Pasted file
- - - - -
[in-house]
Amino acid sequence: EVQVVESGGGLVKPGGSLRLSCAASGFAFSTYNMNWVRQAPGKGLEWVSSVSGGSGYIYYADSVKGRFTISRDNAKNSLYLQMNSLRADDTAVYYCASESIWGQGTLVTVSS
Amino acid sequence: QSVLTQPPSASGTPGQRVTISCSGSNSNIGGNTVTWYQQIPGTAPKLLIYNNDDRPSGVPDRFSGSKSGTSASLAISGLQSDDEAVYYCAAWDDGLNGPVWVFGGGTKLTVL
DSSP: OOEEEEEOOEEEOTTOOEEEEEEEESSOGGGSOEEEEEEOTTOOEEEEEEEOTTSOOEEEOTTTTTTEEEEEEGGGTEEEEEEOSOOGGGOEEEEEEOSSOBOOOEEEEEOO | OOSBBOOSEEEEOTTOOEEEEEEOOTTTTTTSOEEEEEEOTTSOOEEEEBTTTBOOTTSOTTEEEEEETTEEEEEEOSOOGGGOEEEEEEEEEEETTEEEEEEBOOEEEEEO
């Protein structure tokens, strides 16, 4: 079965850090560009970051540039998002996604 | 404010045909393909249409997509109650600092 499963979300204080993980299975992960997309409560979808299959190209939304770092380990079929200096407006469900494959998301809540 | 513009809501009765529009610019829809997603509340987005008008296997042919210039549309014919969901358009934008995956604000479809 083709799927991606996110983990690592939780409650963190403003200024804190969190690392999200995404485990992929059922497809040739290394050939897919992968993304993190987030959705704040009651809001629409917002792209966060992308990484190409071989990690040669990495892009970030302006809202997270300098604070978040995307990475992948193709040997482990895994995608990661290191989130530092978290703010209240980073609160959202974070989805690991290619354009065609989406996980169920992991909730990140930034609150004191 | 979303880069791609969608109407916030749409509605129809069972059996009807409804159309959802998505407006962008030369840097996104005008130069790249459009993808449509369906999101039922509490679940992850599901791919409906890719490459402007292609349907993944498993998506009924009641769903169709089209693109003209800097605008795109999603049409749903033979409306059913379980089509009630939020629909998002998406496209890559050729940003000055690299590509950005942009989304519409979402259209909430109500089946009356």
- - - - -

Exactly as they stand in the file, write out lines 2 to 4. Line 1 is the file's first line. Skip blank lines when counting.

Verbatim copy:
Amino acid sequence: EVQVVESGGGLVKPGGSLRLSCAASGFAFSTYNMNWVRQAPGKGLEWVSSVSGGSGYIYYADSVKGRFTISRDNAKNSLYLQMNSLRADDTAVYYCASESIWGQGTLVTVSS
Amino acid sequence: QSVLTQPPSASGTPGQRVTISCSGSNSNIGGNTVTWYQQIPGTAPKLLIYNNDDRPSGVPDRFSGSKSGTSASLAISGLQSDDEAVYYCAAWDDGLNGPVWVFGGGTKLTVL
DSSP: OOEEEEEOOEEEOTTOOEEEEEEEESSOGGGSOEEEEEEOTTOOEEEEEEEOTTSOOEEEOTTTTTTEEEEEEGGGTEEEEEEOSOOGGGOEEEEEEOSSOBOOOEEEEEOO | OOSBBOOSEEEEOTTOOEEEEEEOOTTTTTTSOEEEEEEOTTSOOEEEEBTTTBOOTTSOTTEEEEEETTEEEEEEOSOOGGGOEEEEEEEEEEETTEEEEEEBOOEEEEEO